When I first decided to write about this classic, my thought was to call the piece, The Horror of Frankenstein. Then I remembered that title was used in a 1970 retelling of the story. That isn’t why I changed the title. I changed it because my perception of the movie changed as I watched it again—with a writer and filmmaker’s eye.
Growing up with the film and the story, I always thought of it as a horror—or “monster”—movie. Most of the tale’s many film adaptations—like the aforementioned Horror of Frankenstein—were indeed horror movies with all the tropes—scares, shocks, and disgust. Later, after reading Mary Shelly’s novel—I came to regard it as a prototype “mad scientist” Sci-Fi film, with enough horror to qualify as “Sci-Fi Horror.”
When I screened it again for this essay, I was struck by how little horror there is in the original film story. Sure, it features midnight scenes in a cemetery and beneath an occupied gallows, stolen brains, the creation of a fearsome monster, and a murdered child, but none of it that scary, shocking, or disgusting. I turned to IMDb, my go-to reference to see it’s “official” genre designation, and found it tagged as a “Drama, Horror, Romance.” That gave me pause and a new perspective.
It is indeed classic drama—a man explicitly and maniacally plays God and is nearly destroyed by his own hubris. It’s also a tragic drama about his Creature, abandoned by its feckless creator to wander from mishap to mishap until the creator returns with a mob to destroy it.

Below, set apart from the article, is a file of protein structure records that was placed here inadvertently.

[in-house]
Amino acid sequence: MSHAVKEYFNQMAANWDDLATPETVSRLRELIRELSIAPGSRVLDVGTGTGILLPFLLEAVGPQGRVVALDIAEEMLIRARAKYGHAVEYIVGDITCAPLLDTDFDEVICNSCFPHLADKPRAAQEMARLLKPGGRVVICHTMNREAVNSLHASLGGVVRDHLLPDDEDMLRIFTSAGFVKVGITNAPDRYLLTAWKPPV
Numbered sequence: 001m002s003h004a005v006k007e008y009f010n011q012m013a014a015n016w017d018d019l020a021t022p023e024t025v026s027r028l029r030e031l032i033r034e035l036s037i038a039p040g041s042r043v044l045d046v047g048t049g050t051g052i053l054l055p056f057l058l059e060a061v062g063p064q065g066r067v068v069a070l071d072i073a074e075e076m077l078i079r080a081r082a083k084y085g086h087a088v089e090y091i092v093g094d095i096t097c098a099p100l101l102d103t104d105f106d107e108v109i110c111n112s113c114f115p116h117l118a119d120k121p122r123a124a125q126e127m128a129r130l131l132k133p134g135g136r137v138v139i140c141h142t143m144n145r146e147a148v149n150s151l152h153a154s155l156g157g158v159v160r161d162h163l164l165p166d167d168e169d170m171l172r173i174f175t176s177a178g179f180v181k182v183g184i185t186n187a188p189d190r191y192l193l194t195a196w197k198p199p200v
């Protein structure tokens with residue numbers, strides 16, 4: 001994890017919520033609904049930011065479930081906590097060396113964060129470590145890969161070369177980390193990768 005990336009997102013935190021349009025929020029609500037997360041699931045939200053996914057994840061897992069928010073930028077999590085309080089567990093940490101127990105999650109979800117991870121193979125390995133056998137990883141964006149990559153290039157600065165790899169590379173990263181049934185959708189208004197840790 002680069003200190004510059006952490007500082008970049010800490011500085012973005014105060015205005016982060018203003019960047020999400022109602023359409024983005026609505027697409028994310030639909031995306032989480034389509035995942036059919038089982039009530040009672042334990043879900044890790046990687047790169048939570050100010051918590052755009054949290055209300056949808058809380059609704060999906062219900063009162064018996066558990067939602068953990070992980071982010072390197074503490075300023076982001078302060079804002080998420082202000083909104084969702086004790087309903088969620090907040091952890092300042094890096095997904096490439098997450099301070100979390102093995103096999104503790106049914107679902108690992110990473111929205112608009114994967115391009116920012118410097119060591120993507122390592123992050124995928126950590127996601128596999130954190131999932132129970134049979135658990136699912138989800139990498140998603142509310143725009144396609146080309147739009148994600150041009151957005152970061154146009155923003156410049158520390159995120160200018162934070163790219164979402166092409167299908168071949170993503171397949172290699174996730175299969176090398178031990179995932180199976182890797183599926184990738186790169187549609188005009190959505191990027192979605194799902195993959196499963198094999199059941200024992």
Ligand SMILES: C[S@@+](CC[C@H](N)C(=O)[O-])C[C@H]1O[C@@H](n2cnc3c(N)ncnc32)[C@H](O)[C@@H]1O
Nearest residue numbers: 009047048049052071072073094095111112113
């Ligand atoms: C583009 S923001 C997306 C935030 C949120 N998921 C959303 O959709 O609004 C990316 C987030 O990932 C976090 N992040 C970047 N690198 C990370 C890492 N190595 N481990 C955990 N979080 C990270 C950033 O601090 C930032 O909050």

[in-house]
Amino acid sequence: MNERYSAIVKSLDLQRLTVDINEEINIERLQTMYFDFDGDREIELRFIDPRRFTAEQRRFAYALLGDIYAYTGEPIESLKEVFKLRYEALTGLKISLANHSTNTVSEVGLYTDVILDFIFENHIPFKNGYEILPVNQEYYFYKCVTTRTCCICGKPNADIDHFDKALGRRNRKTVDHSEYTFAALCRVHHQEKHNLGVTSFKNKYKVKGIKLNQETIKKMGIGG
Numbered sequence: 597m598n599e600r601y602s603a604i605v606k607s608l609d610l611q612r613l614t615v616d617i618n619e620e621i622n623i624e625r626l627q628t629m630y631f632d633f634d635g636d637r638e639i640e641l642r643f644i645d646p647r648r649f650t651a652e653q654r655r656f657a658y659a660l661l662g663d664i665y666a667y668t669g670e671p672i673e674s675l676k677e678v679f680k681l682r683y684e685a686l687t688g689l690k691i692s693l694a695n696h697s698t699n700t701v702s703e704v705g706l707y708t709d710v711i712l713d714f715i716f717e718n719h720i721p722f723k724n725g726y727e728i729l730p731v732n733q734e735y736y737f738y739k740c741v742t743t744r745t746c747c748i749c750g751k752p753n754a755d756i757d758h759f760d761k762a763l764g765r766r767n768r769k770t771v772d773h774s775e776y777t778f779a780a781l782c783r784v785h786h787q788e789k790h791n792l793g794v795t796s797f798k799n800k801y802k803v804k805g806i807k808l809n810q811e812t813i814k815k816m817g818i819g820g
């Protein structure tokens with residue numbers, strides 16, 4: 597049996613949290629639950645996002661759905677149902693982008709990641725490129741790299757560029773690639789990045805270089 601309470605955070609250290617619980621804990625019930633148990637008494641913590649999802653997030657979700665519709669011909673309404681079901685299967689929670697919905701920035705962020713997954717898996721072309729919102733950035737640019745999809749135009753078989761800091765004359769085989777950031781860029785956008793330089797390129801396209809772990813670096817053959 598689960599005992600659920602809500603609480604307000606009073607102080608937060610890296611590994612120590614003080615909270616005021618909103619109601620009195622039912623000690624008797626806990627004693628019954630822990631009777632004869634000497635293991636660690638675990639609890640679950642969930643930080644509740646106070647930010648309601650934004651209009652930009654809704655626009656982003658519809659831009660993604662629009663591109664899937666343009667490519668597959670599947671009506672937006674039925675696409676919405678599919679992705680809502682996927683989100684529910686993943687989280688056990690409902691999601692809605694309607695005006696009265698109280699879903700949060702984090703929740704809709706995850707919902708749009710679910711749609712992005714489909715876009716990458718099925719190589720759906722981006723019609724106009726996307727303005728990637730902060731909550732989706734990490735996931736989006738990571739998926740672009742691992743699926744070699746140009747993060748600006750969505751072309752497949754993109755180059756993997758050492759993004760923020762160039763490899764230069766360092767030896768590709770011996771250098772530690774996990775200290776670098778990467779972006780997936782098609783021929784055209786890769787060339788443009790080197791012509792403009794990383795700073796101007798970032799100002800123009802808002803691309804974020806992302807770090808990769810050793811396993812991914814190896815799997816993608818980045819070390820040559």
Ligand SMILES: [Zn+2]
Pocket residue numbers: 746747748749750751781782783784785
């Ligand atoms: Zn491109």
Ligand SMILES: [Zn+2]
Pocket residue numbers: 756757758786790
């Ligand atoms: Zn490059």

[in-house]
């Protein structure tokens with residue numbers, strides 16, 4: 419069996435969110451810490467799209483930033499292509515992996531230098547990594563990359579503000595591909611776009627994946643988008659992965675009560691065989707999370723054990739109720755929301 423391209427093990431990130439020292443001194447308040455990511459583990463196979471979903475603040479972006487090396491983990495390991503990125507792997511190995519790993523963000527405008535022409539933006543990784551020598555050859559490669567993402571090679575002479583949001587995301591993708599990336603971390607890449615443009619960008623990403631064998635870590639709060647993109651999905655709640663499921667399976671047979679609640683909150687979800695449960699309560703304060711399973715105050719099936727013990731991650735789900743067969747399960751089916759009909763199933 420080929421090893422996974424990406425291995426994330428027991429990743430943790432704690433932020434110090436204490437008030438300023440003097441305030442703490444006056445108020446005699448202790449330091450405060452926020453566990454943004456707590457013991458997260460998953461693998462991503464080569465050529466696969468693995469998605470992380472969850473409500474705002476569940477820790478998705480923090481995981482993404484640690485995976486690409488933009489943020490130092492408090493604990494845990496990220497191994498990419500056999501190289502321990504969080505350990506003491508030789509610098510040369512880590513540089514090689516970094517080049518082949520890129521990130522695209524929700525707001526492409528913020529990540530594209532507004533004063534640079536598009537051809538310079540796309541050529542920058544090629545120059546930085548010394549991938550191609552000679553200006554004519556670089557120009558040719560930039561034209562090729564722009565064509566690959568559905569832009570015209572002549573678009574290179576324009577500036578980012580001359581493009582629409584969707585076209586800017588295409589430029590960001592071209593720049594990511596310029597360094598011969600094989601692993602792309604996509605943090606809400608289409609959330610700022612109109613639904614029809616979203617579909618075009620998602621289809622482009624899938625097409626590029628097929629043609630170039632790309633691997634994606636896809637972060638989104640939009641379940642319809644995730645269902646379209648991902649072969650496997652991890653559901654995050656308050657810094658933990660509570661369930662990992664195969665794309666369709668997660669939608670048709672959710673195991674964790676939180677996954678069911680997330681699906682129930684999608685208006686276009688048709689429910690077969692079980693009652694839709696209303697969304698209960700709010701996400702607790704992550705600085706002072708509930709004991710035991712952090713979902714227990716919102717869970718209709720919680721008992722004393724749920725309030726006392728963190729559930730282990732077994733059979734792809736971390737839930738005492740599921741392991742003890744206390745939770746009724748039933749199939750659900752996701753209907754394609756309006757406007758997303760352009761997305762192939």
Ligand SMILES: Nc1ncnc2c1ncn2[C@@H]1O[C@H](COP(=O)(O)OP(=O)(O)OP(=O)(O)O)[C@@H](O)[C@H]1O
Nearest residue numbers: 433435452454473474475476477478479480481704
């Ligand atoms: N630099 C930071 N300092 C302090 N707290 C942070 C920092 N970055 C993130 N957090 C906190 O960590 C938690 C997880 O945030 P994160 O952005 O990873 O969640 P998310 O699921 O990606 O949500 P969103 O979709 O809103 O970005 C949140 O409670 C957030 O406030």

It’s also a romance—albeit unsatisfying—a man abandons his true love out of insane ambition and returns to her, broken and humbled. Complications ensue—his vengeful Creature assaults his fiancé—before a hopeful ending and a toast, “Here’s to a son to the House of Frankenstein.”
Between the drama and the romance, there is just enough horror to transform a dramatic romance into a dramatic horror romance.
As drama, the film has issues, the first being its protagonist. It sets up Henry Frankenstein, as a brilliant narcissist, a would-be “modern Prometheus”—the very subtitle of Mary Shelley’s novel. “Now I know what it feels like to be God!” His character peaks in the film’s 1st Turn—the archetypal creation scene in the mad scientist’s laboratory— “It’s alive!”
After that, Henry goes limp, degenerating into a meek, passive “daddy’s boy” and simpering romantic. Sure, he seeks revenge when the Creature attacks his fiancé, but only in the company of a mob, and then all he accomplishes is wandering off to fall into the Creature’s clutches. Henry’s no hero.
The Creature is a far better character—a tragic monstrous anti-hero. It is born in a blaze of lightning in the dark of night, then locked in the dark and tormented with blazing torches. It slays its tormentor and escapes to seek revenge on its creator. Most audiences come away feeling more sympathy for the Creature than for its creator—notwithstanding the death of a little girl—the Creature only wanted to see her float like the flowers. Say the name and what image comes immediately to mind? Not Henry! The Creature is the most—the only—empathetic character. We share in its terror at its horrible end. That’s probably why the name—Frankenstein—became attached to the “monster” almost immediately in common usage.